by Kojo Baffoe , editor of DESTINY Man magazine, a father, a son, a brother, a husband, a friend, a poet, a writer on a quest to make sense of this reality, with words. Author of Evolutionary
When my son – the Prince, as he is known on Twitter – was born, I found my rhythm quite quickly. I was zombie-like, in sleep-deprived shock most of the time, but I was able to get a handle on his personality and rhythms relatively comfortably. Of course, parenting puts you in a state of constant turmoil with the rules always changing, because babies often seek to do the opposite of what the books you happened to read said, but I did alright. I went through the possible permutations anytime he cried – hungry, wet, tired or just plain cranky – and even started to get a sense of why he was crying without even checking. The Prince and I were good.
And then, at the age of 4, he decided to throw me a curveball by having a sister, the Angel. The timing was perfect, the age gap exactly how we would have hoped. The Prince, while not fully cognisant of the mechanics was old enough to understand that he was going to have a baby brother or sister. We took him to a couple of doctor visits, he saw the scans, helped choose things like cots, clothes and toys and asked constantly when his sister would come out of mommy’s tummy.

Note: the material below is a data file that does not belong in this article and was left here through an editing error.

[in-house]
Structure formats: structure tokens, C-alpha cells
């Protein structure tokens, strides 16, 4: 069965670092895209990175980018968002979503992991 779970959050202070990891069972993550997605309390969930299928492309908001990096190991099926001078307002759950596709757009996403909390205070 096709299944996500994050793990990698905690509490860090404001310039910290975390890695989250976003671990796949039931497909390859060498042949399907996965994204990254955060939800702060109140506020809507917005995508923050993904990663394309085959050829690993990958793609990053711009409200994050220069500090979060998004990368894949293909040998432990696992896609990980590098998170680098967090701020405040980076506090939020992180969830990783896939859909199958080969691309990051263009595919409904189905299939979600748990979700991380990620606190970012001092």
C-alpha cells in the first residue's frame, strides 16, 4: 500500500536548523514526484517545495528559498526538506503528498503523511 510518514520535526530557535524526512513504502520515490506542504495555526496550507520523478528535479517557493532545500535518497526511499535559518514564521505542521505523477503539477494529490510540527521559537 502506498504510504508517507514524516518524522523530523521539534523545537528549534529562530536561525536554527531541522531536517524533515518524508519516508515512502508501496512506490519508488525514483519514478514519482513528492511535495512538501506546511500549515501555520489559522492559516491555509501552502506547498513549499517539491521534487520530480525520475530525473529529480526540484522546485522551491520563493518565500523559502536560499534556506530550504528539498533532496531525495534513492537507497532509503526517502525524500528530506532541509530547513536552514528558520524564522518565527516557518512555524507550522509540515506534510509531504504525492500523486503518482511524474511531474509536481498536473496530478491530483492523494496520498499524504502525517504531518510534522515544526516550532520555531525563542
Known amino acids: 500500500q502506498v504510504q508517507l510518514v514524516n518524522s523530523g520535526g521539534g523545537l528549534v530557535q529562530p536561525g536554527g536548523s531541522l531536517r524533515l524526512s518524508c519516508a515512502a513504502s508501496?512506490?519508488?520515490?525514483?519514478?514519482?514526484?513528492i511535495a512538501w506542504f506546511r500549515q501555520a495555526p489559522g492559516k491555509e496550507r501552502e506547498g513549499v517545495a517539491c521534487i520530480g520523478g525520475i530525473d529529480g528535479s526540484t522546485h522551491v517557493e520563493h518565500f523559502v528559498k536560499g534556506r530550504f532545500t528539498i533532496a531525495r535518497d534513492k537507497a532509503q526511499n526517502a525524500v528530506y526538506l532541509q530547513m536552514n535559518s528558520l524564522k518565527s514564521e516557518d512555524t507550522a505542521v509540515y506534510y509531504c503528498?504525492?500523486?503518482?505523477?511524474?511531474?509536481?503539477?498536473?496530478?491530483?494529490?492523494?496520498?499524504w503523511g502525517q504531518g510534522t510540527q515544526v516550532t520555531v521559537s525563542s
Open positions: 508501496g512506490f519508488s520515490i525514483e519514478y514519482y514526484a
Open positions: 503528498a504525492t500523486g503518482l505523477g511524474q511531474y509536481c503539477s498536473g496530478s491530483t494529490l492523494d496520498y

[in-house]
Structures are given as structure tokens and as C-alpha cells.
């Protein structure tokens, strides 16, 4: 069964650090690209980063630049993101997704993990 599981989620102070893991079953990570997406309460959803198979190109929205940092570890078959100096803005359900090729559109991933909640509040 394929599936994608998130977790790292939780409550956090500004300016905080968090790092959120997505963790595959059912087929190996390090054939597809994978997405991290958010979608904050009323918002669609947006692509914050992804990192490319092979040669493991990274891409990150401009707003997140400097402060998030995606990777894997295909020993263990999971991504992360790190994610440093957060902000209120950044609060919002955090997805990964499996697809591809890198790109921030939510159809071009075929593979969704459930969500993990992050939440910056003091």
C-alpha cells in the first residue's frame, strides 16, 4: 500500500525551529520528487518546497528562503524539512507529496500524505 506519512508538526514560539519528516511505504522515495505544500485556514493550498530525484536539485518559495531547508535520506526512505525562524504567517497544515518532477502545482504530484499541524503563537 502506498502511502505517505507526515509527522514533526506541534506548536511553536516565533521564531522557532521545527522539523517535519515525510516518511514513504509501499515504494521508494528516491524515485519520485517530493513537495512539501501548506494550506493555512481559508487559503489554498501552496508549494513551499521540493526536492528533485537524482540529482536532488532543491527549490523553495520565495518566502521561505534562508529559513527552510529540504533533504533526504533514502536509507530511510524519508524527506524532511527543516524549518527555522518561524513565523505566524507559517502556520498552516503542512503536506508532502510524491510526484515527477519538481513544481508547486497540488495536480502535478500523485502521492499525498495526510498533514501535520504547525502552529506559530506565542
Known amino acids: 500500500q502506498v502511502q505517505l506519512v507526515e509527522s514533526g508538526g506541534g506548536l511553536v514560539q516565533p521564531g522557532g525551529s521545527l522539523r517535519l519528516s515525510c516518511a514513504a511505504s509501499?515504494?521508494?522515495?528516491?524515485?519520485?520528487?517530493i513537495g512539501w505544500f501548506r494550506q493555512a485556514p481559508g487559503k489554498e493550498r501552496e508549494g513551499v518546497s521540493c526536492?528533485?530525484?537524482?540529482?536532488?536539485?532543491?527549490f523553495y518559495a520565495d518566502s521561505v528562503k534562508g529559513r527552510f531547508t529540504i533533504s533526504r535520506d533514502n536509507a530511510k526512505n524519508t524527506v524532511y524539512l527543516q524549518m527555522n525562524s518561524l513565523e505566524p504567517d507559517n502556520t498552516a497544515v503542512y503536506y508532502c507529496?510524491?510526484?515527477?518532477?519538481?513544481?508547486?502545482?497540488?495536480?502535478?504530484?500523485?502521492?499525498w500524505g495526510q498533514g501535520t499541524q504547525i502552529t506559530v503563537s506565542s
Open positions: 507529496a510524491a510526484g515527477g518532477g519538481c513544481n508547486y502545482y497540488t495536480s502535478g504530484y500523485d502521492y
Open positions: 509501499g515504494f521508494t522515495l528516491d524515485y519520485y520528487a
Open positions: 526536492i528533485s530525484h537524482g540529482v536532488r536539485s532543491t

I went into theatre loudly confident. I had done this before. It was the same doctor, anaesthetist, nurses, hospital, etc. Another caesarean, I knew the deal … where to look, where not to look, what nearly made me pass out the first time, etc. I was good. 30 minutes later, I’m sitting on the cold, hard floor in the brace position. I got up twice to hold my daughter, marvelled at her and then had to sit right back down. A sign of what was to come.
I had become a bit too comfortable with the Prince. I knew how to be a father to him. Now, there was someone new with her own unique personality. I won’t lie – it felt like she cried for the first couple of months. I’d pick her up, she’d cry. I’d put her down, she’d cry. I just couldn’t find a rhythm. The Angel came into the world and staked her claim as baby-in-charge of my household. Any illusions any of us had of being the centre of attraction was brutally screamed out of the window.
She will be a year old next month and her brother will be 5 the month after and I have gradually found my place within my family. Once I took a step back and tried less to impose what works for her brother on her, we started to find a rhythm. I have learned that, in the same way that we are all different, our children need to be engaged with on the basis of their unique personalities. The love may be as intense and complete for one as it is for the other but, when it comes to being a parent of more than one, one size does not fit all.
It is still early days but I am grateful that my children chose me to be their father. I am up to the responsibility and hope that I shall always do best for them.
Read other articles by Kojo about fatherhood on our blog